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Plebiscite trouble wherever Malcolm Turnbull looks

Tanya Plibersek and Bill Shorten in the lower house after introducing a same-sex marriage bill on Monday. Mick Tsikas/AAP

In the beginning Malcolm Turnbull didn’t want a plebiscite on same-sex marriage. In the end he seems unlikely to be able to hold the one he promised. In between, the issue is causing him a lot of grief.

As is well known, Turnbull signed up to Tony Abbott’s plebiscite for simple advantage – to clinch some votes for the leadership, and to keep the Nationals happy.

But now the political manoeuvring is dealing the plebiscite a potentially mortal blow while making immediate trouble for Turnbull.

The Liberal conservatives a year ago embraced a plebiscite as their best way of delaying or stopping marriage reform. In the twists and turns however, their ally has actually become the pro-reform Bill Shorten, who has all but declared Labor will prevent the popular vote. This would put off change.

If there can be no plebiscite, reform almost certainly couldn’t happen this term. Turnbull, whose authority is already trashed, could not move to have the matter decided by a parliamentary vote. He’d be torn to pieces by his party enemies.

An indefinite delay would be a win for the Liberal conservatives. It would also be a victory for Shorten, who wants ownership of the marriage reform. What an unholy alliance.

Those in the LGBT community who are campaigning against having a plebiscite would achieve their aim. Their opposition provides cover for Shorten against critics who say he should facilitate a popular vote.

Even Turnbull in the end would be a winner, because he wouldn’t have the a distraction of the plebiscite next year.

The losers? Those same-sex couples who want to get married any time soon.

This row over how to extend a social right to people who don’t currently have it has given Shorten one of his several platforms to continue his assault on Turnbull following the election.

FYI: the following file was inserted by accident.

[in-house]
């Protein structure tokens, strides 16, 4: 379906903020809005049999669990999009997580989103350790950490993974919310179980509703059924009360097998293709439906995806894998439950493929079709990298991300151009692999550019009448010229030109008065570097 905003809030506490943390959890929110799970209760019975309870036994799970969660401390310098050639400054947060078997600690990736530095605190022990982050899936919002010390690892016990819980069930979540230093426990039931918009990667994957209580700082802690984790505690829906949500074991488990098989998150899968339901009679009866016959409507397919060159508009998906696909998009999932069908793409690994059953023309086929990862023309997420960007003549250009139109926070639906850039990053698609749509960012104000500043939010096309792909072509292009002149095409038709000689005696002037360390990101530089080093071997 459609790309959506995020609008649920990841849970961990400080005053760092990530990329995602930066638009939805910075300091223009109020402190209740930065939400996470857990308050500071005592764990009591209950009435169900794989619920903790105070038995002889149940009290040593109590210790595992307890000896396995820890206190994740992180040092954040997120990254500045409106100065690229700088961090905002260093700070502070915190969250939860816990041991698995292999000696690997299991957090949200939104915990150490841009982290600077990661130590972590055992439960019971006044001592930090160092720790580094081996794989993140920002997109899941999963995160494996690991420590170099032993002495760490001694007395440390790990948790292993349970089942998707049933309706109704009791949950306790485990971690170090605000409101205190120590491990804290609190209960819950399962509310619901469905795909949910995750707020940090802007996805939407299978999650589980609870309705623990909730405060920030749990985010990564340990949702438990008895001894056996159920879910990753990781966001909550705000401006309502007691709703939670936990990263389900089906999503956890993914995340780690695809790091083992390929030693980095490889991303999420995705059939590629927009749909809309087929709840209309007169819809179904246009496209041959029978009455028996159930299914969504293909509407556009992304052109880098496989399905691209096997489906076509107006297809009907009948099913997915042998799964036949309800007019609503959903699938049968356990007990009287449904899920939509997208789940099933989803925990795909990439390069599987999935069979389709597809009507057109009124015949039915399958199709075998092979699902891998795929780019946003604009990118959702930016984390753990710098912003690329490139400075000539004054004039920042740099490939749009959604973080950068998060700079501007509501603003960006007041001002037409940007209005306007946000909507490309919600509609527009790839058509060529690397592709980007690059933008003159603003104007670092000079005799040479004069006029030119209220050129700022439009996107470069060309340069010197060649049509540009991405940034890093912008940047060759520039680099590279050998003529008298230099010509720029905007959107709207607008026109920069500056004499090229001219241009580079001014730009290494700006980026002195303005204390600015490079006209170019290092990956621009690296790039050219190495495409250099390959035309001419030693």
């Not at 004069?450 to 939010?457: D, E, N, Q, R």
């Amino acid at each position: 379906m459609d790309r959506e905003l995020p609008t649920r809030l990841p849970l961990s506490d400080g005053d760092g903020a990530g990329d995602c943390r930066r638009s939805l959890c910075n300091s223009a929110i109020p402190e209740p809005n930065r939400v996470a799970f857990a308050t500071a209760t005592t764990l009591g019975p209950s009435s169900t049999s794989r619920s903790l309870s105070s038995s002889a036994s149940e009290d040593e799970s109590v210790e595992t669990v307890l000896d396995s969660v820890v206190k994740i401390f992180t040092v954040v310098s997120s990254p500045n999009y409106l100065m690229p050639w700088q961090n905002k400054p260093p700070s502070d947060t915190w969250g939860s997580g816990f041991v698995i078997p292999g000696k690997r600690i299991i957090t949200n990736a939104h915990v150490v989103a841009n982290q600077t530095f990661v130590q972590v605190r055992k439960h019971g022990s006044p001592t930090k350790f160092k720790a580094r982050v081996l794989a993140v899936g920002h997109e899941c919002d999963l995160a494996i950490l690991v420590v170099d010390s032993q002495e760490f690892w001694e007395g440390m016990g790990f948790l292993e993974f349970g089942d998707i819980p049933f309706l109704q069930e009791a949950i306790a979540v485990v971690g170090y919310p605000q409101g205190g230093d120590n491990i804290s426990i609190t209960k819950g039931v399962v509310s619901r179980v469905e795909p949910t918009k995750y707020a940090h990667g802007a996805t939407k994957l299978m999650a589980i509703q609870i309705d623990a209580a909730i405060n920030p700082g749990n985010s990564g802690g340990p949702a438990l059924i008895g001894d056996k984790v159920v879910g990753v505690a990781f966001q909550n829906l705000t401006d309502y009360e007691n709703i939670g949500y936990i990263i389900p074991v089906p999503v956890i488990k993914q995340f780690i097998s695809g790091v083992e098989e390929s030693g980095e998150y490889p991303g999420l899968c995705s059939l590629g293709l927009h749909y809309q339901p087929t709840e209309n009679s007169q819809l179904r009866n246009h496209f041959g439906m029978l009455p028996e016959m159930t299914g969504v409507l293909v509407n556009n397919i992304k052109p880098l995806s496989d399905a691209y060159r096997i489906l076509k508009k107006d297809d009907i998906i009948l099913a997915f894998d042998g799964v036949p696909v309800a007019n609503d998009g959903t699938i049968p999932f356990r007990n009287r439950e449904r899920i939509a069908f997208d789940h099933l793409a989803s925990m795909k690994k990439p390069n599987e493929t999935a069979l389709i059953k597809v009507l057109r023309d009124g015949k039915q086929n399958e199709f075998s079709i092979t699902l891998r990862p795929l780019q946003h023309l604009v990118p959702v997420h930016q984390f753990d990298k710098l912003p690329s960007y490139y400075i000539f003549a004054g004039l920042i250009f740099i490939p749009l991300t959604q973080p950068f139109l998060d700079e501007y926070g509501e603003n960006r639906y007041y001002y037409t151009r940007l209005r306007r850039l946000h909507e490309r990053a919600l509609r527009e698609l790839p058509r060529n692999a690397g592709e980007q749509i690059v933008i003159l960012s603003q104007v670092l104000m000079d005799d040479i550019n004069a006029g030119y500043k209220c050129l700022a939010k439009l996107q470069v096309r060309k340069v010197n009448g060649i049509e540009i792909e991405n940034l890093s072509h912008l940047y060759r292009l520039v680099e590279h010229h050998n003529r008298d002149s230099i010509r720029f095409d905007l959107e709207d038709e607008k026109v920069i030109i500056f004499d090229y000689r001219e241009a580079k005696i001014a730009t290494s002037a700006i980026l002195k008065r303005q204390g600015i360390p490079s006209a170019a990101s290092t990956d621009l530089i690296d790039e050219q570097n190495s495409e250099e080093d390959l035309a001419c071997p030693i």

Labor maintains parliament should deal with the marriage law and on Monday Shorten introduced his private member’s bill. Though he was once willing to contemplate a plebiscite, Shorten told parliament a popular vote, “a straw poll,” would be harmful as well as wasteful.

“Putting the question of marriage equality to a national vote, risks providing a platform for prejudice and a megaphone for hate-speech,” he said.

“The idea of young people, perhaps yet to come out, seeing the legitimacy of their identity debated on the national stage – that is not an ordeal we should inflict on any citizen when we have a better path. Let me be as blunt as possible. A ‘No’ campaign would be emotional torment for gay teenagers. And if one child commits suicide over the plebiscite – then that is one too many.”

While Labor has not given a final statement on how it will vote on the legislation to set up a plebiscite, it would surely be impossible for Shorten to row back from this strong stand. The Greens have already declared their opposition (apart from Sarah Hanson-Young who has kept her options open), as has the Nick Xenophon Team and Derryn Hinch. If all that holds, the plebiscite legislation would be voted down.

But not before doing more damage within the Liberals, who are split over whether there should be public funding of the yes and no cases. The conservatives – fearing the yes side would be able to raise more money - insist there should be.

Attorney-General George Brandis has been against public funding. So is Warren Entsch, the backbencher who pushed marriage reform in the last parliament. But like the Liberal conservatives, the Nationals favour it.

Cabinet discussed the funding question on Monday night, when it considered the plebiscite’s question and timing.

The ABC reported that cabinet had agreed to $7.5 million for each side, with a $1,500 cap on tax deductibility of donations - the cap designed to prevent people on the no side exploiting the unlimited deductibility available for donations to churches. The date being canvassed was February 11.

The Coalition party room will have its say on Tuesday morning.

It is hard to see a case for public funding – although easy to understand that Turnbull might regard it as a course of least resistance. The parliamentary opposition to giving the go-ahead for a plebiscite is likely to be strengthened by granting public funding.

Turnbull must wish he could just jump to the end game – the Senate’s vote on the legislation – without having to make this painful trek to a probable dead end.


Tuesday’s Newspoll has the government and Labor still on 50-50 two-party vote and Turnbull at a new low in net satisfaction of minus 19 (one point worse than a fortnight ago).

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